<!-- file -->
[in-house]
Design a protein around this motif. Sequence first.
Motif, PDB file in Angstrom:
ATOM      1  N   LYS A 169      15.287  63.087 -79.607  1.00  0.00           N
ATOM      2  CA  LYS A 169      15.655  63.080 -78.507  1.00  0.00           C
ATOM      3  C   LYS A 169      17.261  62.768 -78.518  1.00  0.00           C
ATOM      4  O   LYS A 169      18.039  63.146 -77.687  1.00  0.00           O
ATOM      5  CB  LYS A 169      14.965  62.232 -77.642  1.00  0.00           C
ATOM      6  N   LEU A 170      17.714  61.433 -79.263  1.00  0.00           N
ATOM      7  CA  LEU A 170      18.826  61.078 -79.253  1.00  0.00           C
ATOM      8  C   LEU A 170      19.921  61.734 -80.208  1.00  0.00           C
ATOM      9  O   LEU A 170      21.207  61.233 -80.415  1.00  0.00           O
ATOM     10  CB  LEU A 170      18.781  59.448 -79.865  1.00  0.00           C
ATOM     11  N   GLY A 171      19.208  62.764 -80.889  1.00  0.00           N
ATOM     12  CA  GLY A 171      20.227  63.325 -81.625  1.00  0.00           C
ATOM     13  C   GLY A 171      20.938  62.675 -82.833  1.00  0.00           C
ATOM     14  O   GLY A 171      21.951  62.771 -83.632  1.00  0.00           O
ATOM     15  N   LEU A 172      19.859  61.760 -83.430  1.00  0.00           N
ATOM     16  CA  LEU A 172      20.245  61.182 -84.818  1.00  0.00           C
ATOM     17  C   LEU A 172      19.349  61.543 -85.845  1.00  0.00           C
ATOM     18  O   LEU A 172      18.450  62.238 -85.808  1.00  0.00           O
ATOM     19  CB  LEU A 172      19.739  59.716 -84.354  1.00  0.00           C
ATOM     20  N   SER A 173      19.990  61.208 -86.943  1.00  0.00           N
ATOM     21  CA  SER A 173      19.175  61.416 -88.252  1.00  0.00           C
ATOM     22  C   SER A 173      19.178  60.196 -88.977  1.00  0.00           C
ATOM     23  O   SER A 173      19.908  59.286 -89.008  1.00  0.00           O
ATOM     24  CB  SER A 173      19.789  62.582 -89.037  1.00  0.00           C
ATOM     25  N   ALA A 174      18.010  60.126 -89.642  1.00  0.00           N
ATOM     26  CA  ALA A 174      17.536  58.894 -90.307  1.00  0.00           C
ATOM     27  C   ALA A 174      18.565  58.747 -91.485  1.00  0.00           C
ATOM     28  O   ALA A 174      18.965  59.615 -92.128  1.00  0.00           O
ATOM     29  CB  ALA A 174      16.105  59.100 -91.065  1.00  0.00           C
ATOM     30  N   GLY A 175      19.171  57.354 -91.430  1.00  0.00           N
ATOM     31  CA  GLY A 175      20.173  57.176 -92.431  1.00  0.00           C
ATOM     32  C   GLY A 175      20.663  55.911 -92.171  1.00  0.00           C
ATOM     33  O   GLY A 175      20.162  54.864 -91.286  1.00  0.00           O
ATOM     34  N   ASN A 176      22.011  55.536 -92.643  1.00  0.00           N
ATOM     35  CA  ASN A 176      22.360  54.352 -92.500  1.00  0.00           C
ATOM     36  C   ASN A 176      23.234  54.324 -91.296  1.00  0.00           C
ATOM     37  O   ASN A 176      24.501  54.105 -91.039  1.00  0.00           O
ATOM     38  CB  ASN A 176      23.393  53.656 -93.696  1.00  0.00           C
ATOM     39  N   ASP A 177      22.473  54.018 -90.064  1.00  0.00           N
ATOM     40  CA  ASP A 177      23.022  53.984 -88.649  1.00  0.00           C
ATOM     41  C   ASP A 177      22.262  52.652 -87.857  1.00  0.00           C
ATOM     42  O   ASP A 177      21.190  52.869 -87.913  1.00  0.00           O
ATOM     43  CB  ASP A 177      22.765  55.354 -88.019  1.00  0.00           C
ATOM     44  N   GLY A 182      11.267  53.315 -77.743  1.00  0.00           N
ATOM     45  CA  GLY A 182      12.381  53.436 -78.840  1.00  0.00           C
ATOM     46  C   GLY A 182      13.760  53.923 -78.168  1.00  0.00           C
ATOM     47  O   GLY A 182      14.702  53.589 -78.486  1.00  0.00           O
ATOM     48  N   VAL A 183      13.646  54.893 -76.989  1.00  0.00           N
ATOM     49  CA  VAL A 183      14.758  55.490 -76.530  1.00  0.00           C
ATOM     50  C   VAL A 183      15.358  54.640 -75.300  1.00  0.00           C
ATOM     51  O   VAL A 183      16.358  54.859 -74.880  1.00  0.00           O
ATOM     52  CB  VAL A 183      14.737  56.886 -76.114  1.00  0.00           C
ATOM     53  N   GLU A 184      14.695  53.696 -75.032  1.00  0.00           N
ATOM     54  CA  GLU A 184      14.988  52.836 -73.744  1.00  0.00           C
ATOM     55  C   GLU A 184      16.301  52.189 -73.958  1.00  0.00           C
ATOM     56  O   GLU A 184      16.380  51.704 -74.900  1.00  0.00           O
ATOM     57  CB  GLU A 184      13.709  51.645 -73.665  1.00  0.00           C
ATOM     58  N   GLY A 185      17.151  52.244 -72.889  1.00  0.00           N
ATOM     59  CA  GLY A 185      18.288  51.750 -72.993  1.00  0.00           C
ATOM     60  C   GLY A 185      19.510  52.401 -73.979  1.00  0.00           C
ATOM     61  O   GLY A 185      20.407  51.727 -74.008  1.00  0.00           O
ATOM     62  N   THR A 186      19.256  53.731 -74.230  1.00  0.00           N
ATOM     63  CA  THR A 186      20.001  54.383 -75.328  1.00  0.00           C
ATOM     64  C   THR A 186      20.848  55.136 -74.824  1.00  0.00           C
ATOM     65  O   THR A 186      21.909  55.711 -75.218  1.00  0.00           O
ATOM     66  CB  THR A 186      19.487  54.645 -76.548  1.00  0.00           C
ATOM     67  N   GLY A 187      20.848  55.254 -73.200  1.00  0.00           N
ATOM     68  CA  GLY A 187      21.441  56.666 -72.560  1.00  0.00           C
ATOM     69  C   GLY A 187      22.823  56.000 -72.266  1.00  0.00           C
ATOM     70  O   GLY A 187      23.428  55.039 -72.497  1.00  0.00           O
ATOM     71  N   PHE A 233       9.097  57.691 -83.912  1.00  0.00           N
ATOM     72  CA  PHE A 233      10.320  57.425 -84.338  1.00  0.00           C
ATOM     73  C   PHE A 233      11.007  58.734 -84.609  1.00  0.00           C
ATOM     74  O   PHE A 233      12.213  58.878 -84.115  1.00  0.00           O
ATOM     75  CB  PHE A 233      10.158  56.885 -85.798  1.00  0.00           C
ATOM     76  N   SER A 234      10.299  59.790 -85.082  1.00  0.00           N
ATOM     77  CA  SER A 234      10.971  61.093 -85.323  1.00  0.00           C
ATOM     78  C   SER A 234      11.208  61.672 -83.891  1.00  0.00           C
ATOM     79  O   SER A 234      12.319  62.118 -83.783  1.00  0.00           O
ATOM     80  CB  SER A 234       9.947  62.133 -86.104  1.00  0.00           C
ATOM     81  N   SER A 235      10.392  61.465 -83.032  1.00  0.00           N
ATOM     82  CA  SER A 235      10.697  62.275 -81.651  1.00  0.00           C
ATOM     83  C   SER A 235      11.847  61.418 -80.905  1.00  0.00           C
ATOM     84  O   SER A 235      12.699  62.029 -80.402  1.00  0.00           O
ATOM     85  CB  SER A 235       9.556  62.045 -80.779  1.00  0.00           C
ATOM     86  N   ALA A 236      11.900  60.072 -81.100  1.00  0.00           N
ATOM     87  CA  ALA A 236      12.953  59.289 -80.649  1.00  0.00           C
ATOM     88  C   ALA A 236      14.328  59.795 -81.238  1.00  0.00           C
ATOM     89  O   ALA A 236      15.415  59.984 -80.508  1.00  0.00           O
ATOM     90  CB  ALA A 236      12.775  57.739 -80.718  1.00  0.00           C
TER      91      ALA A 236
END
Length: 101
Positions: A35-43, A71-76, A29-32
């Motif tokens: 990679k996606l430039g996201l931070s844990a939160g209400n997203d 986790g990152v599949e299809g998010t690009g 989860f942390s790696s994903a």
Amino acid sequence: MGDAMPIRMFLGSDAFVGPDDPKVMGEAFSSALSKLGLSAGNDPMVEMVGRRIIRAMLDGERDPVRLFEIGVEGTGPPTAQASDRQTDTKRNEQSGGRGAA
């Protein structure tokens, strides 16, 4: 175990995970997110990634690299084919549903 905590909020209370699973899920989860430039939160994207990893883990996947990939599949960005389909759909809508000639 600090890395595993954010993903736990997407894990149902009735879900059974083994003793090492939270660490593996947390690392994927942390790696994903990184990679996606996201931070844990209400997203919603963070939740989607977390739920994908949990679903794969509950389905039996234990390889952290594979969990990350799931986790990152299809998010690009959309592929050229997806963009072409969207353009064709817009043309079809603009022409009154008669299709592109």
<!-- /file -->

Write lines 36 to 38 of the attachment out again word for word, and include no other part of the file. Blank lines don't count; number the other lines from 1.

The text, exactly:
ATOM     33  O   GLY A 175      20.162  54.864 -91.286  1.00  0.00           O
ATOM     34  N   ASN A 176      22.011  55.536 -92.643  1.00  0.00           N
ATOM     35  CA  ASN A 176      22.360  54.352 -92.500  1.00  0.00           C